During the last years of the 20th century, developments in transportation diminished the relevance of Weber’s theory. In the first place, freight rates have increased at a faster rate than have the costs of raw materials, but relative transportation costs are declining. This means that the impacts of transportation costs on industrial location and market analysis are relatively less important than they were at the beginning of the 20th century when Weber first articulated his theory. Third, natural resources are now less important because smaller, lighter and smarter products have replaced the heavier products of the past. In particular, plastics and lighter materials made from soybeans, petroleum, and other fibers have replaced the use of steel and wood. As a result, furniture and appliances are lighter (and sometimes stronger). Even automobiles now use a great deal of plastic and other fibrous materials as a substitute for steel. It is far less costly to move petroleum through pipe lines, or to ship plastics than it is to ship wood, iron ore, and steel.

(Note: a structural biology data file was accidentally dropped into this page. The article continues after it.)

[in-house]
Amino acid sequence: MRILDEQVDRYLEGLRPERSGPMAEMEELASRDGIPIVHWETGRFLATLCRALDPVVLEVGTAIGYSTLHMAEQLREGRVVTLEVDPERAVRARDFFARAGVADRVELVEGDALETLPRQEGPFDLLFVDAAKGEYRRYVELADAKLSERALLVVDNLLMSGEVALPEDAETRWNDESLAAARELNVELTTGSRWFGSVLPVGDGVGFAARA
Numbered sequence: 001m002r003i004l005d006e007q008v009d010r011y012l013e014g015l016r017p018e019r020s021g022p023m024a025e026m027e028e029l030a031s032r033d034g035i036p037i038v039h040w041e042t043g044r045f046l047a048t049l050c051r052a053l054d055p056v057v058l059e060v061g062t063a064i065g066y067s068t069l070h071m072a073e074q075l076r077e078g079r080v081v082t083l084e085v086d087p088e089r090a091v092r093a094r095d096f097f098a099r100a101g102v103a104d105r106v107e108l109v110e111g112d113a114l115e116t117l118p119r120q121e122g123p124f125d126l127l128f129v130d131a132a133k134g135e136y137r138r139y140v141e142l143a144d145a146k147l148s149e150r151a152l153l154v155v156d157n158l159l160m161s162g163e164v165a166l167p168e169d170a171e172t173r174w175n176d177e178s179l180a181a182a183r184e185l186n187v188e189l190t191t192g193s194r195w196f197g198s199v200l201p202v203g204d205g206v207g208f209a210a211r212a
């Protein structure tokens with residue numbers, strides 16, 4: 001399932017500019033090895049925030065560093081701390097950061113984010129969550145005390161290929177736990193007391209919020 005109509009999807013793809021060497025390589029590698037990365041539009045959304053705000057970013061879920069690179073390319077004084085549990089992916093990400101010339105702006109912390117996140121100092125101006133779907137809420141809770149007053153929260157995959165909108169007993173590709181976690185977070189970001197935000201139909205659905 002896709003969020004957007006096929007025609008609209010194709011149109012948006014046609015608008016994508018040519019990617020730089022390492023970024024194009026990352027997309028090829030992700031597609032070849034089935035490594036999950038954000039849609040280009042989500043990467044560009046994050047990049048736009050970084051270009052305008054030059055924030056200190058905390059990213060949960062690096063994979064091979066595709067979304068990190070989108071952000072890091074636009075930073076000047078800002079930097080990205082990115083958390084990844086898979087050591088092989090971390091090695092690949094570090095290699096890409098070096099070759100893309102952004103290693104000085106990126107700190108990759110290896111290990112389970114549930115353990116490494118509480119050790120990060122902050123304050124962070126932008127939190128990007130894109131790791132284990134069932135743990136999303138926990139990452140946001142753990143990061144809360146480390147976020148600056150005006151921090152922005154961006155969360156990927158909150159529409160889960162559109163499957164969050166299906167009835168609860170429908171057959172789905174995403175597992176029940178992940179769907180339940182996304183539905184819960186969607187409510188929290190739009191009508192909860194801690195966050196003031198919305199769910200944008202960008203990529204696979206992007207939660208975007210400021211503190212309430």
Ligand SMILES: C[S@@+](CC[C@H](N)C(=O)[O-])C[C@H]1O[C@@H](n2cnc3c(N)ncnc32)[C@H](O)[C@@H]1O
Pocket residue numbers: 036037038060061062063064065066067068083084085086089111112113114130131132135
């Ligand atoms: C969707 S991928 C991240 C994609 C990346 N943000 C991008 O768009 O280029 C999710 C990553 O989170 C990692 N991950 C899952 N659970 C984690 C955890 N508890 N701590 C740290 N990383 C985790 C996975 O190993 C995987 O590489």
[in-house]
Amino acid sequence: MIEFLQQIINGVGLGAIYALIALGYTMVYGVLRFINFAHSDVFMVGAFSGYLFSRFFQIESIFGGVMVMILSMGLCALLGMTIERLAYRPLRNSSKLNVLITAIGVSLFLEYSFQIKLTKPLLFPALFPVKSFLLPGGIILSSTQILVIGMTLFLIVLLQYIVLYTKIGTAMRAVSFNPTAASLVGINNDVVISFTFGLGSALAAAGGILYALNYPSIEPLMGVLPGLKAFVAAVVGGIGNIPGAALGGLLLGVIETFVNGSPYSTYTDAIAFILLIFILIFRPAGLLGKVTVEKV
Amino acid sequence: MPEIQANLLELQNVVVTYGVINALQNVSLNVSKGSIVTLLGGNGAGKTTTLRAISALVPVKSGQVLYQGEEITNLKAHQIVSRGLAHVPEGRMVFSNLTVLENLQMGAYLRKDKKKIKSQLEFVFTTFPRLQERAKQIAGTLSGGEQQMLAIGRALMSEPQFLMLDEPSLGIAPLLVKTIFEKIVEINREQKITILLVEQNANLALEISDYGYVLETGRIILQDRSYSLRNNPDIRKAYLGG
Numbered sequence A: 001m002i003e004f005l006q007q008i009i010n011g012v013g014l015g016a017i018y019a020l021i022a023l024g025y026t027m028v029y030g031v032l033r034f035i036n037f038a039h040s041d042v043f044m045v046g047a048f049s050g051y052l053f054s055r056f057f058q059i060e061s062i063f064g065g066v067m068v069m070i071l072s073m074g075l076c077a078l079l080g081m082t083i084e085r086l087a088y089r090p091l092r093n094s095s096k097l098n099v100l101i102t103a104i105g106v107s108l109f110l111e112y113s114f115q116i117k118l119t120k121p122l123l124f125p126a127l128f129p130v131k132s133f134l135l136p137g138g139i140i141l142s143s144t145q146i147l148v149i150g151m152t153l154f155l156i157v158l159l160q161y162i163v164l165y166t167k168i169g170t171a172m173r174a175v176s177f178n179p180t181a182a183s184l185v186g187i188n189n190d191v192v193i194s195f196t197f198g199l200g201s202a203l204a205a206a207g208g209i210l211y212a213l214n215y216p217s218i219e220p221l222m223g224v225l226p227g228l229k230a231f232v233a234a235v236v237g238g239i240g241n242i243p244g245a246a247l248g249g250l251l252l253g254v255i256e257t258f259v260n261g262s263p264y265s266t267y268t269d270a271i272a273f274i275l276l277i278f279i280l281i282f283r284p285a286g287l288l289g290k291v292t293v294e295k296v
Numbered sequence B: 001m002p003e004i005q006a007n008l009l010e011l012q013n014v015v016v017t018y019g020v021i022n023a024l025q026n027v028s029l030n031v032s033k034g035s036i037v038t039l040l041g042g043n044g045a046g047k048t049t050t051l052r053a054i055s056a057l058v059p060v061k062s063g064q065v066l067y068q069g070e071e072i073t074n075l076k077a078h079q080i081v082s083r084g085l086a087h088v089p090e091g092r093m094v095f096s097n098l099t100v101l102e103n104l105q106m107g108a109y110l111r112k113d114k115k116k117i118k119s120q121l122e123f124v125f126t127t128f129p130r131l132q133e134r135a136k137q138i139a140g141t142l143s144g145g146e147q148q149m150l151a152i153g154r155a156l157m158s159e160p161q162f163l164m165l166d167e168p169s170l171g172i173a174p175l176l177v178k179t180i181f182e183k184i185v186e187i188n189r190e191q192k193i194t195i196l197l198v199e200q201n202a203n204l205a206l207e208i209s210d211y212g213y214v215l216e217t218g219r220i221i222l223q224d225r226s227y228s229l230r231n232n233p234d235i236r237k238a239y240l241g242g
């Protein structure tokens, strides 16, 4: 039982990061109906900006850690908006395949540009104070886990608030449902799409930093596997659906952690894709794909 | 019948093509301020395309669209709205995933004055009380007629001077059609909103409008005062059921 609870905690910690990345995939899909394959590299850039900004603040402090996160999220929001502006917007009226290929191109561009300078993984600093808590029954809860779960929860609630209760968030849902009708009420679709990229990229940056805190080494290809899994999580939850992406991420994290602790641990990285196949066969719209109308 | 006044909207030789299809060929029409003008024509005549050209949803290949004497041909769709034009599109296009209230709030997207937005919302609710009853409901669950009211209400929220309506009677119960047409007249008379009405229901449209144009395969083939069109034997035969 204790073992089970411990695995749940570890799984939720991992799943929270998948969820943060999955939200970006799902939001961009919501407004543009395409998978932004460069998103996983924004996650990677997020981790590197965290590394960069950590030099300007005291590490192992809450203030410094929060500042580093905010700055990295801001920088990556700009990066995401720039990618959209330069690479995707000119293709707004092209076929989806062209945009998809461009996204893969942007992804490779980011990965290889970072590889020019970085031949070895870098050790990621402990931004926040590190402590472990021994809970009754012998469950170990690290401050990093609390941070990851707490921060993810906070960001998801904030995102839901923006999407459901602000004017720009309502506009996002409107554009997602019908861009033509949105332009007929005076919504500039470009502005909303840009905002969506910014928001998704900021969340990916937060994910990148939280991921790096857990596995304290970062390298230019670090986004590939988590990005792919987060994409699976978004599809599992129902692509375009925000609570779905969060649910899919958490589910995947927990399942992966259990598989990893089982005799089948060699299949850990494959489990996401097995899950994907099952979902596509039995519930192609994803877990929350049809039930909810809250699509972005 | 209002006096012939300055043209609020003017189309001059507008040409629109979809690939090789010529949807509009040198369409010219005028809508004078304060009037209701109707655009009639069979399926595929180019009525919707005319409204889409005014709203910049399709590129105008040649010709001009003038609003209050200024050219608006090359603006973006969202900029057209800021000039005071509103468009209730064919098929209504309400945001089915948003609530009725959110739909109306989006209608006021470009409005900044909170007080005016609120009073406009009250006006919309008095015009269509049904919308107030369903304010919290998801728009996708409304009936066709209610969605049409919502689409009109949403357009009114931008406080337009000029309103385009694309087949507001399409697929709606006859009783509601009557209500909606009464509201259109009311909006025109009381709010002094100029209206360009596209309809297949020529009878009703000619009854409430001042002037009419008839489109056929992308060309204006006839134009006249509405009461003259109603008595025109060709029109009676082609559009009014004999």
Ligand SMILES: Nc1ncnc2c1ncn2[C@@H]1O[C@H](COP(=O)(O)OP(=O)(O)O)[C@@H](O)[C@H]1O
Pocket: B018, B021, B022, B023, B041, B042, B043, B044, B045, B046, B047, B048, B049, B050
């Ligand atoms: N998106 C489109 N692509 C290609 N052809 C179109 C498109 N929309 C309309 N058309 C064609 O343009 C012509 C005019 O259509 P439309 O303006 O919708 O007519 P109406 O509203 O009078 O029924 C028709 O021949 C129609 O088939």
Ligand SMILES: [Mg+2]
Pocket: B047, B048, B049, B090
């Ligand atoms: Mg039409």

Currently, labor tends to be the most important determinant of industrial location. This is particularly true for firms that produce expensive, high tech goods. For most of these firms, transportation costs are of minor importance. In part, this is because high tech goods are usually relative light and small. This is nothing new however. Long ago, the Swiss figured out that as a land-locked mountainous nation, they could not competitively ship their dairy products to foreign markets. Therefore, they processed liquid milk into far less bulky cheese and chocolate. They also realized that anything they manufactured should have a high value relative to its bulk and weight. Thus, instead of making automobiles or steam trains, they made time pieces. Even the Dutch, with access to excellent ports and water transportation, realized the benefits of shipping high-value, low-bulk products. Thus, they processed diamonds, and focused on flower bulbs, cheese, and chocolate. In recent years, firms have developed many new and innovative ways in which to avoid transportation costs. For example, soft drink manufacturers do not ship full bottles of their products all over the world. Instead, they ship containers of syrup to local bottling plants where water is added to the syrup.